Rescue exposes fishing grubs

FISHO yesterday eyewitnessed a rather unusual rescue operation. 

At a riverside location at Woronora in southern Sydney a NSW Fire & Rescue truck was seen performing what appeared to be a practice exercise involving a fire ladder extended into a tall gum tree. 

On closer inspection what had looked to be a stray plastic bag snagged on a branch was identified as a cockatoo. Dangling precariously upside down and occasionally flapping its wings the hapless bird appeared to be snared by the feet.

“I bet it’s caught in fishing line,” I said to Fisho colleague Scott Thomas with a sinking feeling.

I live nearby and had on occasion pulled large clumps of discarded fishing line from trees in the area. It’s a popular spot with weekend shore based fishos and locals who cast lines from atop the road bridge. Many casts go astray. A couple of overhead lines parallel to the bridge are littered with fishing line, dangling hooks, and the odd lure. For any enviro-conscious fisho it’s a shameful sight.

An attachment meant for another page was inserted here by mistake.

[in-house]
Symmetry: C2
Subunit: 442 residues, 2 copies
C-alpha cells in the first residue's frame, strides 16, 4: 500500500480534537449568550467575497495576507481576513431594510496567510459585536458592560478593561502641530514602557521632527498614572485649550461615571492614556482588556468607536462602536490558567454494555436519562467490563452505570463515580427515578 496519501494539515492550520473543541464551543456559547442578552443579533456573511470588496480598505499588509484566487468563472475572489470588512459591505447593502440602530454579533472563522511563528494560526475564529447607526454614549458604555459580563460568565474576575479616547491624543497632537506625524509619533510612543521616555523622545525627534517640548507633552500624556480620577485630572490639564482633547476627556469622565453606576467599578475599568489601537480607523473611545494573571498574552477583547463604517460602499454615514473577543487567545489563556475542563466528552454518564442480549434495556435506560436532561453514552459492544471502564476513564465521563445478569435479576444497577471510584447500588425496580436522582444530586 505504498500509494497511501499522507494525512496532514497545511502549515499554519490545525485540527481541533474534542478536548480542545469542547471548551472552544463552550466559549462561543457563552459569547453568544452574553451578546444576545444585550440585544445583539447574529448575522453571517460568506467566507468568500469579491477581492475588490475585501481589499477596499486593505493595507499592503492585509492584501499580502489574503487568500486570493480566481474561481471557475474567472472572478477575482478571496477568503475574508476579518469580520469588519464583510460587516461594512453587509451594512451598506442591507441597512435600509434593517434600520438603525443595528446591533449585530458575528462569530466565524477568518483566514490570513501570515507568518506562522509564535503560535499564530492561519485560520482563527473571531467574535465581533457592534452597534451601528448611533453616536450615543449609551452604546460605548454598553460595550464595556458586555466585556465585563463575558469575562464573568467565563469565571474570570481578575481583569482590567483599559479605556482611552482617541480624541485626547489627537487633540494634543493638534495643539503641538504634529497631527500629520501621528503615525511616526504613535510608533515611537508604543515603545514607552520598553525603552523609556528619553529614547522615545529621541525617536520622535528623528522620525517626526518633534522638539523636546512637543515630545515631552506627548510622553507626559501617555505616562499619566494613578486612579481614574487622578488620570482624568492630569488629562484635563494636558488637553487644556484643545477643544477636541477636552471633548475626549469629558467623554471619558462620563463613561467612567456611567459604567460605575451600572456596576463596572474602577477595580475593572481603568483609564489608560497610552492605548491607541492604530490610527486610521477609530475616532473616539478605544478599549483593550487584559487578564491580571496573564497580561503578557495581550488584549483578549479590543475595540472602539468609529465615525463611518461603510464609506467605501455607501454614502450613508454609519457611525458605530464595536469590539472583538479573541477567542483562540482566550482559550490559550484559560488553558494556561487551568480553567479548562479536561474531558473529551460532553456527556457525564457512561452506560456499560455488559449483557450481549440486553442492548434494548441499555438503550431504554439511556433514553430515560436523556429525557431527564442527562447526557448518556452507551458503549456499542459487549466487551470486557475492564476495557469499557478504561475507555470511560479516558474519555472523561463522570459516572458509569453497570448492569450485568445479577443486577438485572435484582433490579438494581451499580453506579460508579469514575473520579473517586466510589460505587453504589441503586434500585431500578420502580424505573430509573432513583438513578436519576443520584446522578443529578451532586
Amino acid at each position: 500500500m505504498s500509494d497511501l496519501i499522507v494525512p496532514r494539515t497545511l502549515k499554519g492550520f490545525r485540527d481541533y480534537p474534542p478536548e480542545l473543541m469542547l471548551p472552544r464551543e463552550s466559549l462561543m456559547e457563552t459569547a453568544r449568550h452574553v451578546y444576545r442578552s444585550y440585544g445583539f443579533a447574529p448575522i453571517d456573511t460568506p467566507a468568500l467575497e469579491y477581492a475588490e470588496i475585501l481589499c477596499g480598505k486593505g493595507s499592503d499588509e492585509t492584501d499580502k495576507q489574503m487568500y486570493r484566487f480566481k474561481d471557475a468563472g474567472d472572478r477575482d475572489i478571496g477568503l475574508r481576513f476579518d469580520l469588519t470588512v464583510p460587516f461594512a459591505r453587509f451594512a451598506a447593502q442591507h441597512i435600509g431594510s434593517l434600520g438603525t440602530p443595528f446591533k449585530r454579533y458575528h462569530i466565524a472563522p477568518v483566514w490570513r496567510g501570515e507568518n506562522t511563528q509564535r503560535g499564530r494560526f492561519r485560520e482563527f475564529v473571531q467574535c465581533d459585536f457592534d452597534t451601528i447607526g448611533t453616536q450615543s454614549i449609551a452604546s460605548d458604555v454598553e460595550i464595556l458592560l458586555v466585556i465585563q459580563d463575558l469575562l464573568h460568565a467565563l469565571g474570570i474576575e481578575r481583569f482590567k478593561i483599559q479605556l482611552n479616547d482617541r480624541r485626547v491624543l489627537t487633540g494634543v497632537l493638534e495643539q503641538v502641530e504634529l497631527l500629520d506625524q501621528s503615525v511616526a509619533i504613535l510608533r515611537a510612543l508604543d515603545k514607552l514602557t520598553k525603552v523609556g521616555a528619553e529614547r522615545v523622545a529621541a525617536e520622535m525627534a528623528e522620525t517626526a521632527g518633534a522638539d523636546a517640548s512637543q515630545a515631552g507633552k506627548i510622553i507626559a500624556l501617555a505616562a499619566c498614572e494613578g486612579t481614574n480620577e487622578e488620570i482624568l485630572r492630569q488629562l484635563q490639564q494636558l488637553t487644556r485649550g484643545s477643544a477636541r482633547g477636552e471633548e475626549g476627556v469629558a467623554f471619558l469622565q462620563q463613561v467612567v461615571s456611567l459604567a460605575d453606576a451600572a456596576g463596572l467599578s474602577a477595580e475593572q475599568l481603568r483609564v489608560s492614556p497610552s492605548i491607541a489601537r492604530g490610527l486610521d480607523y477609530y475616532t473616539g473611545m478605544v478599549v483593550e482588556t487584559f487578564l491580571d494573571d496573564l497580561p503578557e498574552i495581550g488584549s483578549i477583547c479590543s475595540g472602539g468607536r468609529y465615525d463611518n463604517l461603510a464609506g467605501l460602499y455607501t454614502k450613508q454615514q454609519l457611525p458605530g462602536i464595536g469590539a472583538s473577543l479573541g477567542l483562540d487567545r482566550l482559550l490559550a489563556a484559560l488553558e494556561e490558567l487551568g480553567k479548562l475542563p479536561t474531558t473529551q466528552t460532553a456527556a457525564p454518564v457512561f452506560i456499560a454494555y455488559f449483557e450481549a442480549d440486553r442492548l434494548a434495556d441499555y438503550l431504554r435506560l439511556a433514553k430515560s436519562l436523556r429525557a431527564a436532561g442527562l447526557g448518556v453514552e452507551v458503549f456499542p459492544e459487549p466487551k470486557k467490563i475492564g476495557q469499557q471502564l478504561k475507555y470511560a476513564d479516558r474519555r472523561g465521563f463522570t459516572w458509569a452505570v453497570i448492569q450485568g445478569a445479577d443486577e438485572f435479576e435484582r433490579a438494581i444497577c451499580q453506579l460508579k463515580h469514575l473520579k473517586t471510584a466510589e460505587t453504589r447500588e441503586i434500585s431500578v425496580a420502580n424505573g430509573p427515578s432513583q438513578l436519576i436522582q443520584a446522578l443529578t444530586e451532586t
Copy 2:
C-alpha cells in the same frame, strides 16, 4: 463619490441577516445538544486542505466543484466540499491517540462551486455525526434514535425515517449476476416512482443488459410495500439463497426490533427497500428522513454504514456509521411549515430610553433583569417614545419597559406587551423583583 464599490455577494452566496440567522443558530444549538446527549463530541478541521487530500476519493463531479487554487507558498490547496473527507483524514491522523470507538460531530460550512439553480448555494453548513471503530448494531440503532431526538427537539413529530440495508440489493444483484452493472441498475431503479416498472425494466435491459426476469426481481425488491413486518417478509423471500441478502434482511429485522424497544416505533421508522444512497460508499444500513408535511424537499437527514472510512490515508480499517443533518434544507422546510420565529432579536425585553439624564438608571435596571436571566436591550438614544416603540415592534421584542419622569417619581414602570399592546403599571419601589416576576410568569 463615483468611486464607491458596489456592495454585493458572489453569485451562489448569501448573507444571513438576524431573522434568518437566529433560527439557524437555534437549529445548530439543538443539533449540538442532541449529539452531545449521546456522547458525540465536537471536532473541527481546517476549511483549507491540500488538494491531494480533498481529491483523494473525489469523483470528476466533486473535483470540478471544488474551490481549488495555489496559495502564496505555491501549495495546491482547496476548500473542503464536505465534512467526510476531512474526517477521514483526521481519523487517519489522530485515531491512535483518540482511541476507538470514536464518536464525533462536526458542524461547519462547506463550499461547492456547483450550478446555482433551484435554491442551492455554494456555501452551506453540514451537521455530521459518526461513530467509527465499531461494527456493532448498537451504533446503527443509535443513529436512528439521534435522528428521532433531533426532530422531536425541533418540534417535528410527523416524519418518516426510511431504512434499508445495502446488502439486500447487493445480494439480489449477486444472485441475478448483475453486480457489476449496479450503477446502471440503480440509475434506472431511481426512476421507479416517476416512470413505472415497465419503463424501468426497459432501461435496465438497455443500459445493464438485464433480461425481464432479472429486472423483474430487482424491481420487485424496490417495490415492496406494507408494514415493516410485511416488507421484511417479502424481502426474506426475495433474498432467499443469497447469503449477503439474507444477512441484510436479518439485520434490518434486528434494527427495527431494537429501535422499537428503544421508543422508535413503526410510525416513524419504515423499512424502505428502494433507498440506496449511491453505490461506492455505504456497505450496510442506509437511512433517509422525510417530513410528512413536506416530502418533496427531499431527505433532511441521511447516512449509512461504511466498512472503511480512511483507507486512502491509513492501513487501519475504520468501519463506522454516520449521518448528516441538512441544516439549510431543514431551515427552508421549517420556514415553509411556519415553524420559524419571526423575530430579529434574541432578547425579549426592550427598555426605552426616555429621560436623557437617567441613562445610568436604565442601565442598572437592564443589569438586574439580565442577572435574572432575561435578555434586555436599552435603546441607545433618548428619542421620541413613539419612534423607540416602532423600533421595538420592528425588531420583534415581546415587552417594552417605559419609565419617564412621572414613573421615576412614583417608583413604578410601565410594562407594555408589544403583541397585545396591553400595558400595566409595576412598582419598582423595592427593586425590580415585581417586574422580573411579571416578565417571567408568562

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IMAGE: Scott Thomas

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IMAGE: Scott Thomas

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Things thankfully ended well for the snagged cocky. It was brought down successfully by a gloved rescuer before being held down and the thick mono line cut from its legs before release. Well done to the rescuers involved.

Unfortunately this example highlights the need for all fishos to dispose of tangled or old line responsibly. Earlier in the day while doing some boat testing on Botany Bay we’d spotted a pelican with fishing line wound around one leg, obviously restricting the bird’s movement.

These sort of occurrences are all too common in an era when fishos are being locked out of areas around Australia’s coast. Cleaning up our act is one way to prevent injuries to animals, birdlife and the general public and help safeguard our fishing futures.

How about it guys?

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